Those are all things that we put in the Democratic platform for the first time this year, and I think that's where we can find some common ground, because nobody's pro-abortion. I think it's always a tragic situation. We should try to reduce these circumstances.

So there you have it. I think Obama answered a lot of the allegations coolly. One thought I had during the debate was, if you want an indication of who is more negative, just look at the two candidates throughout this debate. All in all, the two campaigns have both gone very negative, and are almost even in that respect, as you can see on the fact-check links I will post shortly. But on almost every single question, McCain went to attacking Obama. Obama attacked on and off, but much less frequently. When asked about Palin's readiness to be the VP, Obama danced around the question, but did not attack. McCain attacked Biden for like three minutes. If you couldn't see the disparity there, and throughtout the debate, in McCain attacking Obama, then so be it.

A couple other tidbits: what does not having town hall debates have to do with whether the tone of the campaigns is positive or negative. That's about as good an argument as, let's see....if my ears weren't so big, my teeth wouldn't be so yellow.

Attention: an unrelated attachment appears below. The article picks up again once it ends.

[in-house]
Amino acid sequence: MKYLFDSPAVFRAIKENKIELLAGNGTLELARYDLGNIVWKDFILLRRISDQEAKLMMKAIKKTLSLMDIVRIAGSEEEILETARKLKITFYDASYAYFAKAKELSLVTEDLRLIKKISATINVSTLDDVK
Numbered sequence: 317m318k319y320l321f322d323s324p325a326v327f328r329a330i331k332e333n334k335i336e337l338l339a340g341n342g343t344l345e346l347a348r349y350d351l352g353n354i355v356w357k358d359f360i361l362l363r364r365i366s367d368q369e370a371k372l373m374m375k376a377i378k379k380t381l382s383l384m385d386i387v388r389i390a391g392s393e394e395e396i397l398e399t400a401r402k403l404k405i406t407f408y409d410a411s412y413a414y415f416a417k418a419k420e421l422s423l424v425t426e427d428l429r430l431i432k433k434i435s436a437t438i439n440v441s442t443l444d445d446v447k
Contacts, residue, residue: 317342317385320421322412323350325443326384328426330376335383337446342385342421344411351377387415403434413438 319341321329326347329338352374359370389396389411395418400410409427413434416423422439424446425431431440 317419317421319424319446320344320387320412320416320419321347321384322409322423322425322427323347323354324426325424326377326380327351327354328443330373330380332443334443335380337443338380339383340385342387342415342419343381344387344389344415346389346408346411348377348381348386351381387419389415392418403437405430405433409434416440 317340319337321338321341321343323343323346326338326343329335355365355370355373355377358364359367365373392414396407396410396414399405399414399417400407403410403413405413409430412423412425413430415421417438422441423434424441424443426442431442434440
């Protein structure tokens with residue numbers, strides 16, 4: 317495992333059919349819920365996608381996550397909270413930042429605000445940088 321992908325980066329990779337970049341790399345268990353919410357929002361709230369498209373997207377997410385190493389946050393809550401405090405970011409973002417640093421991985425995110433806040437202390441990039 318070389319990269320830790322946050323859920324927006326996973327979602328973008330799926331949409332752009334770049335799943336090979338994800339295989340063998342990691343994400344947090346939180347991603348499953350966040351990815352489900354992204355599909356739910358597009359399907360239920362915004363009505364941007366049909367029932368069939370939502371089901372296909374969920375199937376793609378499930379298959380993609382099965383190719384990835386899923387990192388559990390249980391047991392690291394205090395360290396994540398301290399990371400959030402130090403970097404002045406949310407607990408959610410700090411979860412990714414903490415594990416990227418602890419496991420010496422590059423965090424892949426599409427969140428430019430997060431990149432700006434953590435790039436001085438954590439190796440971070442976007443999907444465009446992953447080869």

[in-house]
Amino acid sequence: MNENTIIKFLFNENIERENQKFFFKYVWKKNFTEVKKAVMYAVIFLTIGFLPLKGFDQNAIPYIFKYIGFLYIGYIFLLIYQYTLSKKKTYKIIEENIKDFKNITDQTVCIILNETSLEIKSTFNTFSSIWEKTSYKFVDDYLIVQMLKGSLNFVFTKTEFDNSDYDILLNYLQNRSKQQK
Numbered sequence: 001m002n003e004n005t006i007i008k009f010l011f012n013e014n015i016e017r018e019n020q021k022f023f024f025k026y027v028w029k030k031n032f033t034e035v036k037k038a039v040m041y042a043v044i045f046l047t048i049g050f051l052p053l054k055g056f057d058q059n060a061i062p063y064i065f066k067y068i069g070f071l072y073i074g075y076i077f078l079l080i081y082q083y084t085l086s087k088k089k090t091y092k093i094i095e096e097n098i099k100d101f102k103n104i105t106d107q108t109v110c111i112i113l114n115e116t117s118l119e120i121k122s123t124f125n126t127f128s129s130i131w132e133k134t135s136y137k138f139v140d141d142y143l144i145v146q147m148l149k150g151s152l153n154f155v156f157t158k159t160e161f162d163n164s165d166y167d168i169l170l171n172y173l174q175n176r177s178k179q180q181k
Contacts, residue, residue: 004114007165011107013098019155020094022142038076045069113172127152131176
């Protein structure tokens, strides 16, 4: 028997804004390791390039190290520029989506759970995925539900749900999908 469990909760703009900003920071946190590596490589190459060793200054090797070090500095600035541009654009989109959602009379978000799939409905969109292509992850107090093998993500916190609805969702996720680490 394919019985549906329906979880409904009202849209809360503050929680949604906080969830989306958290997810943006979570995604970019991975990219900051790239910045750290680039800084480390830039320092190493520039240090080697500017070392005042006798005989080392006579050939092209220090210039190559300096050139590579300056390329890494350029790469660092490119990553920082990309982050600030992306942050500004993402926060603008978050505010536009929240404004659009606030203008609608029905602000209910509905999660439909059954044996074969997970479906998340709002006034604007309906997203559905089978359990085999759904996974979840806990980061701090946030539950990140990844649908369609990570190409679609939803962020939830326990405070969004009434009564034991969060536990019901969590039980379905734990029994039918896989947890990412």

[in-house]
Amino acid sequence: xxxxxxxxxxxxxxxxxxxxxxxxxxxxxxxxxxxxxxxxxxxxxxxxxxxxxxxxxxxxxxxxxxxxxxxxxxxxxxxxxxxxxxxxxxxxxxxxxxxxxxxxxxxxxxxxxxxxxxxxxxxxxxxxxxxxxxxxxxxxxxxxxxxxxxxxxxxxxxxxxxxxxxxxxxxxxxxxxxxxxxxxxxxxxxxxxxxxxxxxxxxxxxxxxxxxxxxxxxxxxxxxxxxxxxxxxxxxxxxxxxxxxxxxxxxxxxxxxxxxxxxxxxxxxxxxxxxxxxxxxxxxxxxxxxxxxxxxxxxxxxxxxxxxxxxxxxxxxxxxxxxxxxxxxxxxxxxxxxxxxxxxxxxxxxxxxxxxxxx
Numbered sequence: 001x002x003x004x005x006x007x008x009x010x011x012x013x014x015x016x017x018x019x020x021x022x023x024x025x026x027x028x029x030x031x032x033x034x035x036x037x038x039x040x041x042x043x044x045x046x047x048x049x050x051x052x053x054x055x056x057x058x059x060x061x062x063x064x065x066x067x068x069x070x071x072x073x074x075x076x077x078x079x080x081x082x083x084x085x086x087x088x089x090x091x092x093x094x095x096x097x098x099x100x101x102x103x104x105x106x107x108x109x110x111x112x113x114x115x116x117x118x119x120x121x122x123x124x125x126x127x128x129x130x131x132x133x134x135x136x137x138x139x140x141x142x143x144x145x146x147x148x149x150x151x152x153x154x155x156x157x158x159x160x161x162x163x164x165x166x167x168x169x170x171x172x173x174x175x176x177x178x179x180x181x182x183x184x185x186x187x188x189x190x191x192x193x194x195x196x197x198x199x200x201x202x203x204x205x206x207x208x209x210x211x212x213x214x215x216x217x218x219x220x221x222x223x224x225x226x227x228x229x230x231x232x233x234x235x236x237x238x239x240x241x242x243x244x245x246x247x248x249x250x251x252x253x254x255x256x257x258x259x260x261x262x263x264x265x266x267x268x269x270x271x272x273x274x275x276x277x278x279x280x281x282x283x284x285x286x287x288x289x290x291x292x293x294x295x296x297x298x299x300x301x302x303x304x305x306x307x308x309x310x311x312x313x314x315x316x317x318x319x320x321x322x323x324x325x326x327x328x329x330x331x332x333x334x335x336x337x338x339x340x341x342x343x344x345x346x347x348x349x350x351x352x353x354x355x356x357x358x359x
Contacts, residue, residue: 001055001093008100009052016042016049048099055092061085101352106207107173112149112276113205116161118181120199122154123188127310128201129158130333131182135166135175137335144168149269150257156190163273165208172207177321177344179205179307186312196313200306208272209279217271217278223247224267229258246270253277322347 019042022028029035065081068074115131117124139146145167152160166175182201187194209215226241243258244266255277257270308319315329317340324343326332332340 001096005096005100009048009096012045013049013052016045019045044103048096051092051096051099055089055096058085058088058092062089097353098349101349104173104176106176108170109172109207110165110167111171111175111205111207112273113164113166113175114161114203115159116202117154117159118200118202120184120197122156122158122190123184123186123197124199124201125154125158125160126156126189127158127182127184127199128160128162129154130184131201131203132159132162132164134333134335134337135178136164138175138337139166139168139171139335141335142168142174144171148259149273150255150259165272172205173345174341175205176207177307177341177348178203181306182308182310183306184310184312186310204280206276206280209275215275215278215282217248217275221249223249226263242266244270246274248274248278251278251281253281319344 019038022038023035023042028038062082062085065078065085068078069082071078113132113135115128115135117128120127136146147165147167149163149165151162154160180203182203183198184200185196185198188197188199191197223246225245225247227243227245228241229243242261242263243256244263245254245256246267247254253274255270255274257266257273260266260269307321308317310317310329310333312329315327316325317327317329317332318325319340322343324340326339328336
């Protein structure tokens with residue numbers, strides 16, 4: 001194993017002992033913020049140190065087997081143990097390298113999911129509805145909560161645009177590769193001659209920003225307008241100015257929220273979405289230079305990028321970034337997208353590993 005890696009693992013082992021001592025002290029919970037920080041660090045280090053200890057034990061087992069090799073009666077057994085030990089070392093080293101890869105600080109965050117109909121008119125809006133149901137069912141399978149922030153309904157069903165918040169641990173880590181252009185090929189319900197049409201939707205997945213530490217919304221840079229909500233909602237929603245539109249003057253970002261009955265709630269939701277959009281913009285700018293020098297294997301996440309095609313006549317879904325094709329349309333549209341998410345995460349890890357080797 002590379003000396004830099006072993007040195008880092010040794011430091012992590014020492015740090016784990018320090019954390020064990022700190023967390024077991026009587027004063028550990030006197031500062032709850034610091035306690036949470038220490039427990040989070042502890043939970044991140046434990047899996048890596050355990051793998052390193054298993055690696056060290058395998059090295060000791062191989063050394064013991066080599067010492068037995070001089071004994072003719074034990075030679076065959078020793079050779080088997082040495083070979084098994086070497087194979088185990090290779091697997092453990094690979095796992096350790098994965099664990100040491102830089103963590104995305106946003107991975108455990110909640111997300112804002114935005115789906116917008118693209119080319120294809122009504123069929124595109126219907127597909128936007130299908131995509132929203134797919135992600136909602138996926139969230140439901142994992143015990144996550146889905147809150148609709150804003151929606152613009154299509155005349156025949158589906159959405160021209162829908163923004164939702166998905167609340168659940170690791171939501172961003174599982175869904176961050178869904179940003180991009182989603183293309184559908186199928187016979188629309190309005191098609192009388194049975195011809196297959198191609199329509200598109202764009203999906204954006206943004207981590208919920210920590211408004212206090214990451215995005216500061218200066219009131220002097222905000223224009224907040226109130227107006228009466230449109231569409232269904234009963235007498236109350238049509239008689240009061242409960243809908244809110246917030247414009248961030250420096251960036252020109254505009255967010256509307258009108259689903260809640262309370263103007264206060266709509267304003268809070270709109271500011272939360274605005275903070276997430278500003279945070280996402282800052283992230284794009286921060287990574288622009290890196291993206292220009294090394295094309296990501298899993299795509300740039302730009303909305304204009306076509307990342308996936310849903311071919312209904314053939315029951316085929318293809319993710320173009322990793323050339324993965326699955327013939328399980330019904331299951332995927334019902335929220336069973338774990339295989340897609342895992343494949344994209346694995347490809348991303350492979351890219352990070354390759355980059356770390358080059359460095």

And how come the tough, battle-hardened McCain, who has been such terrible experiences as a POW, crying about what someone said about him? For being such a tough guy, he sure can whine.

Finally, most idiotic part of the debate: the 900 references to Joe the plumber. If you think I am dumb enough to trust you have the "average american's" concerns close to your heart by talking to some plumber in Ohio, then you have a very low opinion of my intelligence level indeed. But, true to form, many in the media lauded this move by McCain, because they obviously think you and I (probably more so you than I) are morons.

Now, with all that said, I will leave you with a couple excellent fact-check sites where you can actually see who said what, and how factual or untruthful their statements were. I found a good one